How to write a dialogue with quotations

The topic of character thoughts has come up repeatedly for me in the last couple of weeks, and I promised to address punctuation for inner dialogue. Inner dialogue is simply the speech of a character to himself. To do so would make them vulnerable, naked, without protection.

How to write a dialogue with quotations

how to write a dialogue with quotations

First, they are used to enclose words and phrases to which special attention needs to be drawn. If a word is used out of context or in some other unusual way, such as to include a slang word in formal writing, or when it is being used sarcastically, it should appear in quotes: Sentence two involves sarcasm; that is, a meaning that is exactly opposite of what is said.

The final sentence uses quotes to insert a slang expression into a more formal context; omitting the quotes would make it seem that the writer was using informal language inappropriately.

A second use of quotation marks involves titles. Use them in the following instances: I enrolled in P. Quotation marks are used to indicate direct quotations and dialogue. It would follow, then, that they are not used to punctuate indirect quotations including the recounting of dialogue.

Now here are three very important rules about punctuation with quotation marks that you should memorize or at least write down and keep handy: Periods and commas always occur inside quotation marks: Semicolons and colons always occur outside quotation marks: Question and exclamation marks may occur inside or outside quotation marks, depending on the meaning of the sentence: But in the next sentence, the question is being asked by the whole sentence and not the quotation, so the question mark belongs outside the quotation marks.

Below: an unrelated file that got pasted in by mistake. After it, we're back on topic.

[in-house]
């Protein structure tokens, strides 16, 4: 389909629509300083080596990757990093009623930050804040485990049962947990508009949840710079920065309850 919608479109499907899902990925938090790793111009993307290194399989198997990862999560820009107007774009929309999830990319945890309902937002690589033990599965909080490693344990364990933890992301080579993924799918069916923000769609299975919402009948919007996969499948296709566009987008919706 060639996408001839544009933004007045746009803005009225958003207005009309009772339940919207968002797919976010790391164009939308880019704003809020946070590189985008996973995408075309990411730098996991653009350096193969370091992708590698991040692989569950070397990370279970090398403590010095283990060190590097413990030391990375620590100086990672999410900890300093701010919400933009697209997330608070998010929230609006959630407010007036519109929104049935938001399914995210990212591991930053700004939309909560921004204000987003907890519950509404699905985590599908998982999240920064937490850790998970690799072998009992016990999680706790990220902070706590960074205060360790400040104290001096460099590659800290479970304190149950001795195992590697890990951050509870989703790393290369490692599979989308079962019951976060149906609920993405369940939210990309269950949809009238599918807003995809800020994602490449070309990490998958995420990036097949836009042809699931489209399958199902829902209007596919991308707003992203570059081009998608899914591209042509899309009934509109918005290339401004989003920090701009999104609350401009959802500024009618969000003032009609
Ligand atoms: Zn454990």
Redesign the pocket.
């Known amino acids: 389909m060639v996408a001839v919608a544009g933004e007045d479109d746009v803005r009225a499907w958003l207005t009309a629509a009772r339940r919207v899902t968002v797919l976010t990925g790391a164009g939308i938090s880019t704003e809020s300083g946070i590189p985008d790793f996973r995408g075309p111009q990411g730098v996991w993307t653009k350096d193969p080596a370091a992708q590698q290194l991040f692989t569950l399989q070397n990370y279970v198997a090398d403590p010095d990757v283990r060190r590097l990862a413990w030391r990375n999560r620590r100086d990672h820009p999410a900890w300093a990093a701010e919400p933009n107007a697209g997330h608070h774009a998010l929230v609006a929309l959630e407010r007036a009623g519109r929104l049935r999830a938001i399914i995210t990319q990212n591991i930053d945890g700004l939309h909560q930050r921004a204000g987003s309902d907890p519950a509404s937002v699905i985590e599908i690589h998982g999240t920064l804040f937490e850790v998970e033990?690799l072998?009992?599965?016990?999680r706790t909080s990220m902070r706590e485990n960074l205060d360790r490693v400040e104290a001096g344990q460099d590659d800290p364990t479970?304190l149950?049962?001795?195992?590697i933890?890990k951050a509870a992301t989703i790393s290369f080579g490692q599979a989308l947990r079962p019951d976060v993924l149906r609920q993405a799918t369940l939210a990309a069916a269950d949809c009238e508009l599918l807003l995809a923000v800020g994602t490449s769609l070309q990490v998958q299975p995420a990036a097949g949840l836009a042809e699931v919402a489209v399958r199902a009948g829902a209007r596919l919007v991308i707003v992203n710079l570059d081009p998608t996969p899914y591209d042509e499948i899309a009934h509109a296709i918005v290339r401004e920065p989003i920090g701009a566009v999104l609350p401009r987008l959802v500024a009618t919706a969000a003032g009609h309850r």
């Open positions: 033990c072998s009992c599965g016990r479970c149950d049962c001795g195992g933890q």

Finally, sentence three has both the sentence and the quotation asking questions. In this case, the mark belongs inside, where everybody understands that it stands for both questions. You should never write: Logical though it may be, the double question mark is unnecessary. Now look at a couple of examples using the exclamation mark, where the same logic applies: In the second, of course, the exclamation is made by the one being quoted, so the exclamation point belongs inside the quotation marks.

Well, from a stylistic viewpoint, it saves dialogue passages from becoming boring and stiff-sounding. In a long quote or line of dialogue, using an interrupting attribution can remind the reader who is speaking, or serve to reinforce the main ideas of a quote by separating them and making each more distinct.

But what concerns us, of course, is the punctuation involved with attributions, wherever they may appear in the sentence.

Examine the following in its three versions: Notice the following things about these three sentences: When the attribution comes first, it is followed by a comma. When the attribution follows the quotation, it is preceded by a comma.

Quotations always begin with capital letters, no matter where they come in the sentence. Rather, it comes at the end of the first sentence of dialogue, and is punctuated accordingly.

how to write a dialogue with quotations

The second line of dialogue actually has no attribution at all. To prevent the reader from being confused about who is speaking, each change in speaker is indicated by a new paragraph. Finally, her mother went upstairs, and I leaned over and kissed Janet.Today I present the next in my Ways to Say series: Ways to Say Good.I covered ways to say bad last time, so I guess this is no big surprise..

What was a surprise is how difficult it was to limit the list to Good is such a broadly-used word, covering so much ground, it has literally hundreds of potential synonyms depending on context and the specific type of “goodness” one wishes to.

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Quotes and Dialogue Now we come to a biggy, the handling of quotation and dialogue. Quotation marks are used to indicate direct quotations and dialogue.

It would follow, then, that they are not used to punctuate indirect quotations (including the recounting of dialogue). If you cite a passage of dialogue of four lines or more, follow the rule for offset quotation, but remember to use double quotation marks at the beginning and end of the spoken portion to indicate that a character is speaking.

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